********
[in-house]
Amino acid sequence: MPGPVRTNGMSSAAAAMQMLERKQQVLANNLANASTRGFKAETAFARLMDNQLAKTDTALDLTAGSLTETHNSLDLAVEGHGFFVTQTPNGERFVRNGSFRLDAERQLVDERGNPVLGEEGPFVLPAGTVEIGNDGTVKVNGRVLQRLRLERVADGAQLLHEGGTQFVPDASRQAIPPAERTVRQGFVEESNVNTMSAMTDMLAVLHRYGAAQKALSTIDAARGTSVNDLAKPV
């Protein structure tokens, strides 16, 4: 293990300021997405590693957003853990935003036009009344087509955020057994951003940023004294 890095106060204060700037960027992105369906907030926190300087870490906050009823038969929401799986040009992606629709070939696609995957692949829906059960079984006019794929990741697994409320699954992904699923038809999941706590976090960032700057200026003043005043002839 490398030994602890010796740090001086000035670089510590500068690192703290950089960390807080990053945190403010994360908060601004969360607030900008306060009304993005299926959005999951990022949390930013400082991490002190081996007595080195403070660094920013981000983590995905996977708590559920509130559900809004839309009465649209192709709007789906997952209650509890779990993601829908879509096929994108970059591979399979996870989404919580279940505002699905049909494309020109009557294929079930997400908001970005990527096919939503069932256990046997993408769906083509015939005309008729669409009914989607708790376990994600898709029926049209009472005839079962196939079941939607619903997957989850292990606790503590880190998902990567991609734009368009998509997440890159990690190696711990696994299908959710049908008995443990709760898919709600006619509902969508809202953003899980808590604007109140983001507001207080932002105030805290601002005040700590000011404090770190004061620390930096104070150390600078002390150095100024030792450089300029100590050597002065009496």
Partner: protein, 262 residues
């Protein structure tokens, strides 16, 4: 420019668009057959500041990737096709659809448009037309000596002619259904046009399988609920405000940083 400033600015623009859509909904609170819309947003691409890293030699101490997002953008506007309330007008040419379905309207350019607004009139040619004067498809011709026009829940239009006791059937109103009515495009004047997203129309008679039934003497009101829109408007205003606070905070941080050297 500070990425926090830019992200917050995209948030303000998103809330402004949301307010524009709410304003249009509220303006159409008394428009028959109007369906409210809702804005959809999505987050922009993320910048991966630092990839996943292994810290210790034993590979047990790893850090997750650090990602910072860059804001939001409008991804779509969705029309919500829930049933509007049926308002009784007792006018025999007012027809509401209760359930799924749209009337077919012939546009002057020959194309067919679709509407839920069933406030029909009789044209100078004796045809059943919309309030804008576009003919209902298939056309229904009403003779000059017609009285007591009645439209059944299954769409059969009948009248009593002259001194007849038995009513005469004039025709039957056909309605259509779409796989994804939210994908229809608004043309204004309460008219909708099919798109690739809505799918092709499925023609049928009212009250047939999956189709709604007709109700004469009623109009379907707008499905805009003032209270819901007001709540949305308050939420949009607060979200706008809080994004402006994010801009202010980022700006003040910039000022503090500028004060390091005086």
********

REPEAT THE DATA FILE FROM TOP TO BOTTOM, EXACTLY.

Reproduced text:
[in-house]
Amino acid sequence: MPGPVRTNGMSSAAAAMQMLERKQQVLANNLANASTRGFKAETAFARLMDNQLAKTDTALDLTAGSLTETHNSLDLAVEGHGFFVTQTPNGERFVRNGSFRLDAERQLVDERGNPVLGEEGPFVLPAGTVEIGNDGTVKVNGRVLQRLRLERVADGAQLLHEGGTQFVPDASRQAIPPAERTVRQGFVEESNVNTMSAMTDMLAVLHRYGAAQKALSTIDAARGTSVNDLAKPV
């Protein structure tokens, strides 16, 4: 293990300021997405590693957003853990935003036009009344087509955020057994951003940023004294 890095106060204060700037960027992105369906907030926190300087870490906050009823038969929401799986040009992606629709070939696609995957692949829906059960079984006019794929990741697994409320699954992904699923038809999941706590976090960032700057200026003043005043002839 490398030994602890010796740090001086000035670089510590500068690192703290950089960390807080990053945190403010994360908060601004969360607030900008306060009304993005299926959005999951990022949390930013400082991490002190081996007595080195403070660094920013981000983590995905996977708590559920509130559900809004839309009465649209192709709007789906997952209650509890779990993601829908879509096929994108970059591979399979996870989404919580279940505002699905049909494309020109009557294929079930997400908001970005990527096919939503069932256990046997993408769906083509015939005309008729669409009914989607708790376990994600898709029926049209009472005839079962196939079941939607619903997957989850292990606790503590880190998902990567991609734009368009998509997440890159990690190696711990696994299908959710049908008995443990709760898919709600006619509902969508809202953003899980808590604007109140983001507001207080932002105030805290601002005040700590000011404090770190004061620390930096104070150390600078002390150095100024030792450089300029100590050597002065009496």
Partner: protein, 262 residues
């Protein structure tokens, strides 16, 4: 420019668009057959500041990737096709659809448009037309000596002619259904046009399988609920405000940083 400033600015623009859509909904609170819309947003691409890293030699101490997002953008506007309330007008040419379905309207350019607004009139040619004067498809011709026009829940239009006791059937109103009515495009004047997203129309008679039934003497009101829109408007205003606070905070941080050297 500070990425926090830019992200917050995209948030303000998103809330402004949301307010524009709410304003249009509220303006159409008394428009028959109007369906409210809702804005959809999505987050922009993320910048991966630092990839996943292994810290210790034993590979047990790893850090997750650090990602910072860059804001939001409008991804779509969705029309919500829930049933509007049926308002009784007792006018025999007012027809509401209760359930799924749209009337077919012939546009002057020959194309067919679709509407839920069933406030029909009789044209100078004796045809059943919309309030804008576009003919209902298939056309229904009403003779000059017609009285007591009645439209059944299954769409059969009948009248009593002259001194007849038995009513005469004039025709039957056909309605259509779409796989994804939210994908229809608004043309204004309460008219909708099919798109690739809505799918092709499925023609049928009212009250047939999956189709709604007709109700004469009623109009379907707008499905805009003032209270819901007001709540949305308050939420949009607060979200706008809080994004402006994010801009202010980022700006003040910039000022503090500028004060390091005086």